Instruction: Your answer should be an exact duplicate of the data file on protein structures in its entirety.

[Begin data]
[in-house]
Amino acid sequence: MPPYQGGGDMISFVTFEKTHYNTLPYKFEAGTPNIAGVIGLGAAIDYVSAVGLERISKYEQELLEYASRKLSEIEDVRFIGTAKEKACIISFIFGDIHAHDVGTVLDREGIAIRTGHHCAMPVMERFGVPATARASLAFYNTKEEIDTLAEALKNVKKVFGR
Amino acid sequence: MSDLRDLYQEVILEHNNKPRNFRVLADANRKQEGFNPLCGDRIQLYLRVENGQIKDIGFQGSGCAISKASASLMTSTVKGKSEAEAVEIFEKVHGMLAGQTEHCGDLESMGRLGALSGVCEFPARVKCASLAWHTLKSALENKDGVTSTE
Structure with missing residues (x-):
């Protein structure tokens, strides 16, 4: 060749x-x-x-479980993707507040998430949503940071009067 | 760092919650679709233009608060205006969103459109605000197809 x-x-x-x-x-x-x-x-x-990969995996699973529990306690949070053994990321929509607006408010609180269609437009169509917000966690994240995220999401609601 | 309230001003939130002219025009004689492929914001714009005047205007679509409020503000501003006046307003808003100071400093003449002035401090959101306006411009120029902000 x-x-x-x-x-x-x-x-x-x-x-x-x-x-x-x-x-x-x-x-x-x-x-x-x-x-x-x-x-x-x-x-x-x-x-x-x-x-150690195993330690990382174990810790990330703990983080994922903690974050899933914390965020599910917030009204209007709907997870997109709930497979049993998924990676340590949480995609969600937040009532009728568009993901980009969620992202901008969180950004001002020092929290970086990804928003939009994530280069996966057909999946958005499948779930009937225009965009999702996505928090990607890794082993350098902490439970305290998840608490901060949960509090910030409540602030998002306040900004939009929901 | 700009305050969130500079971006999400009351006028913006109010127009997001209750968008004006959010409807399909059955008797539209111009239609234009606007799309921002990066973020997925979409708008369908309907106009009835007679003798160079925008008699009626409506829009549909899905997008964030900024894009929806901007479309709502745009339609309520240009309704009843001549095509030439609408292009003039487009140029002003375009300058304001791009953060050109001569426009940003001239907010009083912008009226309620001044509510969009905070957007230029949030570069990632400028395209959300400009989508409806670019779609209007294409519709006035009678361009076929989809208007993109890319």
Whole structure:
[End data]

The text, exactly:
[in-house]
Amino acid sequence: MPPYQGGGDMISFVTFEKTHYNTLPYKFEAGTPNIAGVIGLGAAIDYVSAVGLERISKYEQELLEYASRKLSEIEDVRFIGTAKEKACIISFIFGDIHAHDVGTVLDREGIAIRTGHHCAMPVMERFGVPATARASLAFYNTKEEIDTLAEALKNVKKVFGR
Amino acid sequence: MSDLRDLYQEVILEHNNKPRNFRVLADANRKQEGFNPLCGDRIQLYLRVENGQIKDIGFQGSGCAISKASASLMTSTVKGKSEAEAVEIFEKVHGMLAGQTEHCGDLESMGRLGALSGVCEFPARVKCASLAWHTLKSALENKDGVTSTE
Structure with missing residues (x-):
């Protein structure tokens, strides 16, 4: 060749x-x-x-479980993707507040998430949503940071009067 | 760092919650679709233009608060205006969103459109605000197809 x-x-x-x-x-x-x-x-x-990969995996699973529990306690949070053994990321929509607006408010609180269609437009169509917000966690994240995220999401609601 | 309230001003939130002219025009004689492929914001714009005047205007679509409020503000501003006046307003808003100071400093003449002035401090959101306006411009120029902000 x-x-x-x-x-x-x-x-x-x-x-x-x-x-x-x-x-x-x-x-x-x-x-x-x-x-x-x-x-x-x-x-x-x-x-x-x-x-150690195993330690990382174990810790990330703990983080994922903690974050899933914390965020599910917030009204209007709907997870997109709930497979049993998924990676340590949480995609969600937040009532009728568009993901980009969620992202901008969180950004001002020092929290970086990804928003939009994530280069996966057909999946958005499948779930009937225009965009999702996505928090990607890794082993350098902490439970305290998840608490901060949960509090910030409540602030998002306040900004939009929901 | 700009305050969130500079971006999400009351006028913006109010127009997001209750968008004006959010409807399909059955008797539209111009239609234009606007799309921002990066973020997925979409708008369908309907106009009835007679003798160079925008008699009626409506829009549909899905997008964030900024894009929806901007479309709502745009339609309520240009309704009843001549095509030439609408292009003039487009140029002003375009300058304001791009953060050109001569426009940003001239907010009083912008009226309620001044509510969009905070957007230029949030570069990632400028395209959300400009989508409806670019779609209007294409519709006035009678361009076929989809208007993109890319």
Whole structure: